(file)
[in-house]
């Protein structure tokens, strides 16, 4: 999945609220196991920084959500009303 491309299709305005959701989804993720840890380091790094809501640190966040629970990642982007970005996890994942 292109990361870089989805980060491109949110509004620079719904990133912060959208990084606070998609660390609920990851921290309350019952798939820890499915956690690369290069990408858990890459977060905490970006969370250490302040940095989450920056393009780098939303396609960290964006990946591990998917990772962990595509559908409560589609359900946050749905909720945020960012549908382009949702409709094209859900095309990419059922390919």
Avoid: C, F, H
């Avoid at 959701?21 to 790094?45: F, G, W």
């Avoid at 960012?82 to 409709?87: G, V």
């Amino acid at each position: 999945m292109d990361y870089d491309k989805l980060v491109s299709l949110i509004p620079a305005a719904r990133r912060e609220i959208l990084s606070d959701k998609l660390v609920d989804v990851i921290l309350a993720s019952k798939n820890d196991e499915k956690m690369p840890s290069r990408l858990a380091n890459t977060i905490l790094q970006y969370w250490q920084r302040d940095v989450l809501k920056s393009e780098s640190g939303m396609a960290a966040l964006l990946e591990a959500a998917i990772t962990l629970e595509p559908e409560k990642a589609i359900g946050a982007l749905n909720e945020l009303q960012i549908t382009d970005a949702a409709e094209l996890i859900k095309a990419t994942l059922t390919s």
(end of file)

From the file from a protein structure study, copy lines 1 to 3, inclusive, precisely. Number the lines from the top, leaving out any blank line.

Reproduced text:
[in-house]
């Protein structure tokens, strides 16, 4: 999945609220196991920084959500009303 491309299709305005959701989804993720840890380091790094809501640190966040629970990642982007970005996890994942 292109990361870089989805980060491109949110509004620079719904990133912060959208990084606070998609660390609920990851921290309350019952798939820890499915956690690369290069990408858990890459977060905490970006969370250490302040940095989450920056393009780098939303396609960290964006990946591990998917990772962990595509559908409560589609359900946050749905909720945020960012549908382009949702409709094209859900095309990419059922390919």
Avoid: C, F, H